El secretario de Educación Miguel Cardona, fue muy claro: el congelamiento de los pagos de préstamos estudiantiles que duró años está llegando a su fin. “El período de emergencia llegó a su fin y en consecuencia estamos preparando a nuestros prestatarios para poder reiniciar el proceso”, testificó Cardona la semana pasada durante una audiencia del […]
Author Archives: Patricia Guadalupe
Raised in Puerto Rico, Patricia Guadalupe is a bilingual multimedia journalist based in Washington, D.C., covering the capital for both English and Spanish-language media outlets. She is also an adjunct professor in the School of Communication at American University in Washington, D.C., and with the Washington bureau of the South Florida Media Network at Florida International University. She is a graduate of Michigan State University and has a Master’s from the Graduate School of Political Management at George Washington University.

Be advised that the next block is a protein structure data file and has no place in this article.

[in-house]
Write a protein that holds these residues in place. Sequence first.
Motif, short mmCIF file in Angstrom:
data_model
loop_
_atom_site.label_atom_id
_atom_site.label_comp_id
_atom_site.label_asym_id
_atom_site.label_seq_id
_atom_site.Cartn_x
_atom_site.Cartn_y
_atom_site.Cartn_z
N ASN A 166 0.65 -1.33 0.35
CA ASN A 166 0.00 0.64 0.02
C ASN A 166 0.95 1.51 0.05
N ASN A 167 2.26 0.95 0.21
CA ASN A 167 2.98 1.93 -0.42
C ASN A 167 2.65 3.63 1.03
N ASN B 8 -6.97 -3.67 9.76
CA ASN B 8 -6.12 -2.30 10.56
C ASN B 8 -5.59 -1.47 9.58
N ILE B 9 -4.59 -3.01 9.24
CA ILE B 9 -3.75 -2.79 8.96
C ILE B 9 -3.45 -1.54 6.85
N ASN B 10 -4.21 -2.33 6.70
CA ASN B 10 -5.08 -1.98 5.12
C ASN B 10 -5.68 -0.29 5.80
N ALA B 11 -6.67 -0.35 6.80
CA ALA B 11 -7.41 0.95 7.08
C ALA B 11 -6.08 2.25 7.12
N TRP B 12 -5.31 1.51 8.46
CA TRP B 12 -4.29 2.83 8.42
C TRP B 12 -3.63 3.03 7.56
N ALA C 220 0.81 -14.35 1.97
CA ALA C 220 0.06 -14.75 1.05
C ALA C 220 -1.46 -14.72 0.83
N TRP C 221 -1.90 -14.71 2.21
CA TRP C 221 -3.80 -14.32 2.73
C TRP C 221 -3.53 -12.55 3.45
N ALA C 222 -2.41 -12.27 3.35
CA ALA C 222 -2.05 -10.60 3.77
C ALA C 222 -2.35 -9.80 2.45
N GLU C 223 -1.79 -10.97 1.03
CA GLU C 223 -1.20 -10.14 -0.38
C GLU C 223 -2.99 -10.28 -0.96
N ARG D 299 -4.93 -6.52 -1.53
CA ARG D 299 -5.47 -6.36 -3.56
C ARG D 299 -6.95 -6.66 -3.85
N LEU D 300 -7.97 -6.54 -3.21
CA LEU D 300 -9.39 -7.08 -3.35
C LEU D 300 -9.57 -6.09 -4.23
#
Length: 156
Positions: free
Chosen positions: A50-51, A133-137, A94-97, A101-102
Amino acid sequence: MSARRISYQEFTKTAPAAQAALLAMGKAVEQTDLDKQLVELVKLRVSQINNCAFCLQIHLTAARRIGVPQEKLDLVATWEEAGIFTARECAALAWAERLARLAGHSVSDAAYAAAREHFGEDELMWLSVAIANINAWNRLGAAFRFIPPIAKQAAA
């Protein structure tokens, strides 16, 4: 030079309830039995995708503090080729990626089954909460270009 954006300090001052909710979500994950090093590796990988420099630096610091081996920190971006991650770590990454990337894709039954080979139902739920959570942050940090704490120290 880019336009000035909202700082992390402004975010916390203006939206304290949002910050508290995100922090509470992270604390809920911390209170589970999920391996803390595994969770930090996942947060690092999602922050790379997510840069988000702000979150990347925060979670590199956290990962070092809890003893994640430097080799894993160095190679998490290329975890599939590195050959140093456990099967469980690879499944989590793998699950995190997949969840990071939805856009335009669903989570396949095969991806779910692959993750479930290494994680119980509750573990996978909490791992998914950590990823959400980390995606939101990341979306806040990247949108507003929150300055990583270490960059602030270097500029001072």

COMMENTARY: Student loan payment freeze is ending
Almost 70% of Latino student borrowers have current debt, says a report by the Education Data Initiative. The same report says that Latino borrowers were “the most likely” of any race or ethnic group to delay marriage and children because of student loan debt, and are the second-most likely (after Black Americans) to borrow high amounts from private lenders – close to 70% of Latino students who borrow from private lenders take out loans of $40,000 or more.
COMMENTARY: Democrats criticize Biden sending troops to the border
Members of the president’s own party are smacking down the plan for troops at the U.S.-Mexico border around the same time that Biden announces his reelection bid. So the administration’s strategy appears to stress that the military deployment is temporary (just 90 days, for now) and that it has been done in the past, including during the Obama administration. Then-president Obama sent nearly 1,500 military to the southern border, and they were there for nearly a year at one point.
COMENTARIO: Con el fin de la emergencia de COVID las vacunas costarán dinero